About Me

Thursday, November 30, 2006

I find working out in the gymnasium, especially doing weights a very philosophical thing. There are certain things I do, and certain things I don't out of sheer respect towards my fellow beings. For one, there is this equipment that helps in building the back muscles and shoulder muscles. It involves being in a seated position (like on a chair) and lifting weights behind your back and in front of you. There is a stack of weights that are connected to the suspension wires and the number of weight units (each of 10kg) chosen decides the weight one is lifting. I understand that a reader of this piece, gets a feeling that the author assumes him to be one without knowledge of basic physics in lifting weights and of gymnasium equipment. The reader could not be further away from the truth. I am a novice when it comes to gymnasiums and their perpetually plotting equipment. Plotting to make me feel weak, week by week!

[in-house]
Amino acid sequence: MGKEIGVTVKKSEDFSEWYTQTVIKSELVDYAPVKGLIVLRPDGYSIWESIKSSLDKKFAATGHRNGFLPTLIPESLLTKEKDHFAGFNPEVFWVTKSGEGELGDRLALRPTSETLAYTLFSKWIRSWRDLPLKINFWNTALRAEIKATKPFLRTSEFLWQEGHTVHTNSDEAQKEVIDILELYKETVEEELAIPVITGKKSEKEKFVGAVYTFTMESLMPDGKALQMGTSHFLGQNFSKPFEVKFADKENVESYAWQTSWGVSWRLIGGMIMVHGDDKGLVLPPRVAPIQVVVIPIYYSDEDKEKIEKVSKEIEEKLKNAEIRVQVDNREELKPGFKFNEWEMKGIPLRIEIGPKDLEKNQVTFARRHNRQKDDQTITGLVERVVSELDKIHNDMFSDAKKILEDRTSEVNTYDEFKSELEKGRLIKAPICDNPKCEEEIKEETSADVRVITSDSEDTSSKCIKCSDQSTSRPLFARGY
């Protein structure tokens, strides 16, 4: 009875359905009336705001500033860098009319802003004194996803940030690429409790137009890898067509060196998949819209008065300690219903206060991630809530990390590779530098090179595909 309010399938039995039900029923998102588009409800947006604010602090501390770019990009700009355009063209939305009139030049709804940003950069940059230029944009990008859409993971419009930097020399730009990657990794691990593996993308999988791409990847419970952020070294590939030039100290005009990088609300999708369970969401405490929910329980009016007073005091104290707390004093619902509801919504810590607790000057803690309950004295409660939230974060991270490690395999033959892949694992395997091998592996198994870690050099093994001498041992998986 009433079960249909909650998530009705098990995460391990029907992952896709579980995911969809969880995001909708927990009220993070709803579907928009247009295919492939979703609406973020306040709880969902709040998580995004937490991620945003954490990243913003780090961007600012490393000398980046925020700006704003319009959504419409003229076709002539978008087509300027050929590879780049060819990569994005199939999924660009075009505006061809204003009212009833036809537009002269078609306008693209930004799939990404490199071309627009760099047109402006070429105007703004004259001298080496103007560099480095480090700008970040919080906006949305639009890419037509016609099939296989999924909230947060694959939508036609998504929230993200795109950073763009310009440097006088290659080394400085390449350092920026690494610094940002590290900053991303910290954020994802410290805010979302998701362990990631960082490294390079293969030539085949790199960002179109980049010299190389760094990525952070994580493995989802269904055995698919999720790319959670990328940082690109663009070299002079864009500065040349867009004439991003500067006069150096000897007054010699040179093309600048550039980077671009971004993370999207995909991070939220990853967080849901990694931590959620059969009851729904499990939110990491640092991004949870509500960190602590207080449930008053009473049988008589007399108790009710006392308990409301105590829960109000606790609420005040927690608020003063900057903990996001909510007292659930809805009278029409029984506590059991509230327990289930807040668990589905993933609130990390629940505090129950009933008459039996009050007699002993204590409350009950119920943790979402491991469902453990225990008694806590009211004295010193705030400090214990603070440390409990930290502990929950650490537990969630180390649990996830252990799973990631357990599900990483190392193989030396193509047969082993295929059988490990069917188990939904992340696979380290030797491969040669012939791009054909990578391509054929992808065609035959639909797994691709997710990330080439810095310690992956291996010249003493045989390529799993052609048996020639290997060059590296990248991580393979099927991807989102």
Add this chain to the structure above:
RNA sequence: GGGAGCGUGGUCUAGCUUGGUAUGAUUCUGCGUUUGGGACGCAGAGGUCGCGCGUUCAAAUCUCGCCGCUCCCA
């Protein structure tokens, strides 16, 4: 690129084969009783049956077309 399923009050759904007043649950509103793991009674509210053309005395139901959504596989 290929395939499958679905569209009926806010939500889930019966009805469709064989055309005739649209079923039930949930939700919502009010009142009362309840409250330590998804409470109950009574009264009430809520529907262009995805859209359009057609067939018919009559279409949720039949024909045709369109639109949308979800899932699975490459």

The previous 'gym' I had been to was in reality an akkada. Called Iyer's Gym and in one of the 'tougher' parts of Bangalore, it had the rowdy elements of the area working out on a daily basis. All of them had bulging stomachs of pure muscle. Weird! I think I draw my current shape from those folks there. My friends had suggested a certain routine to me on the eve of my tryst with Iyer. It included that one exercise I despise the most - ab crunches. Along with me was a debutant who I swear looked like he was a product of lean manufacturing concepts. Shockingly (for me) both of us were given the same routine. Like hell I was going to follow that. But, along with 'love thy neighbour', I am a strong believer in the tenet 'Listen to thy gym instructor'. After 2 days I had added an extension to the tenet and it read 'Listen to thy gym instructor... when he is present physically in the gym'. I started doing the crunches inspite of him telling me not to do that, as soon as he went out for his morning cuppa. 20 minutes later on his return, I realized he was staring at me with bloodshot coffee stained eyes. What I lacked in brawn, I made up in brain back then. (now I strongly feel I lack both). What had happend was that Kumar, the friendly 200 pounder, 6 footer had ratted on me and told the gym owner that I worked on abs in his absence. There have been very few occasions when strangers have attached street vernaculars to my name. Iyer was an early bird into this list. The next day, I had voluntarily quit the gym. There was a nagging doubt about me getting back my princely 50 bucks, paid for the first month (Yes, there indeed were gyms that charged that much). I suspected there would be more vernaculars to describe me, and the fraility of the pectorals and the sensitivity of the self didn't let me take the risk of seeking refunds.